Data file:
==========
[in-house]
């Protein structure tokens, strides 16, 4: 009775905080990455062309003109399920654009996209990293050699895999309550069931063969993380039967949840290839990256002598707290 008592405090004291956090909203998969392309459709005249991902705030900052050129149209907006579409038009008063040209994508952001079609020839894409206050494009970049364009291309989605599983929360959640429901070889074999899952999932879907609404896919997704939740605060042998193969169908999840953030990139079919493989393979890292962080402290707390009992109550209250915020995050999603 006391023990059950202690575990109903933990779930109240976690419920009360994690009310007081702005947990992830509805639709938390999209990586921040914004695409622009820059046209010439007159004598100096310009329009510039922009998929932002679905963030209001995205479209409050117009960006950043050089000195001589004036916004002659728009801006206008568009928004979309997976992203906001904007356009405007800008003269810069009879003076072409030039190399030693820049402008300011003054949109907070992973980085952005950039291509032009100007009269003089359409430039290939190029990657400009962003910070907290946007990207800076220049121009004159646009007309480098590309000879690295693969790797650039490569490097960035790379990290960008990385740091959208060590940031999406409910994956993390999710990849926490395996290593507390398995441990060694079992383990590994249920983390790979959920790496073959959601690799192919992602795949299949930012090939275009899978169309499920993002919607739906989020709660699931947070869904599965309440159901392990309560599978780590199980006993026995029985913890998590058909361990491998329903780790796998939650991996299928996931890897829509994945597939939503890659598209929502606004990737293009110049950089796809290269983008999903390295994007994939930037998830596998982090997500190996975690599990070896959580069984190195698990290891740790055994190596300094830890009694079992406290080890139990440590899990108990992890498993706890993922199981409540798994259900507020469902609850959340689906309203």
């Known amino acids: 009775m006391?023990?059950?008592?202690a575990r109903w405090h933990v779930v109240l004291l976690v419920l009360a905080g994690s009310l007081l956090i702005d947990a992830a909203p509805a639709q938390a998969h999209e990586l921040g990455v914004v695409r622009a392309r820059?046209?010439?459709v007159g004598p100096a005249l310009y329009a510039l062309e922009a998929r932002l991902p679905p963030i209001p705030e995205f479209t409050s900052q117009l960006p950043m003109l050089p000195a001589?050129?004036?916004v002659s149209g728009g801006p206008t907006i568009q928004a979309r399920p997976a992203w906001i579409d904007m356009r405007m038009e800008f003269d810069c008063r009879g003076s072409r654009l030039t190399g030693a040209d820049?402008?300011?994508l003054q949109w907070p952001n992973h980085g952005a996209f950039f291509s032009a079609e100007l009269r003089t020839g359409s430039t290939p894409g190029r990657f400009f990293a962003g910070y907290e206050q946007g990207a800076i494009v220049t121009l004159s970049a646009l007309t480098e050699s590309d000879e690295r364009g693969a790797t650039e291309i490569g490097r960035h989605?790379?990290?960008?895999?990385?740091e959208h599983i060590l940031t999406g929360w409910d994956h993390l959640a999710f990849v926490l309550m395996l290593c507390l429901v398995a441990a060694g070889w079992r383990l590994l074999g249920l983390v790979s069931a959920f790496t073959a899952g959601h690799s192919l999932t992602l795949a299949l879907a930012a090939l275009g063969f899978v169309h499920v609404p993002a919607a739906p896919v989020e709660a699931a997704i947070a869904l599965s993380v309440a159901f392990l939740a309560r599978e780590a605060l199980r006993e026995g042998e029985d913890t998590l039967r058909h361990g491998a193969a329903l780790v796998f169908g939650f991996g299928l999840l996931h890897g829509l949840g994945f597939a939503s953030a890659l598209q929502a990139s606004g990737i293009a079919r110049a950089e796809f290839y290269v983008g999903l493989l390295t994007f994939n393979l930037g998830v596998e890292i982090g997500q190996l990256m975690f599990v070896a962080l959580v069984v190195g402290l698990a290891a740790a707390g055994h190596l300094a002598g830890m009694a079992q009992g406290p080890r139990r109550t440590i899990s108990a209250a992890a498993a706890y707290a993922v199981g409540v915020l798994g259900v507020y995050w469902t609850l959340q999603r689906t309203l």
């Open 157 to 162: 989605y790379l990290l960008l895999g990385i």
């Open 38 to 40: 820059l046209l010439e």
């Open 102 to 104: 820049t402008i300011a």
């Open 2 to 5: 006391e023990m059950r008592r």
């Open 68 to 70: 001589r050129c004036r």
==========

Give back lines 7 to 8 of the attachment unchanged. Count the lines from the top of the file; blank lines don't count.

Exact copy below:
């Open 2 to 5: 006391e023990m059950r008592r």
């Open 68 to 70: 001589r050129c004036r």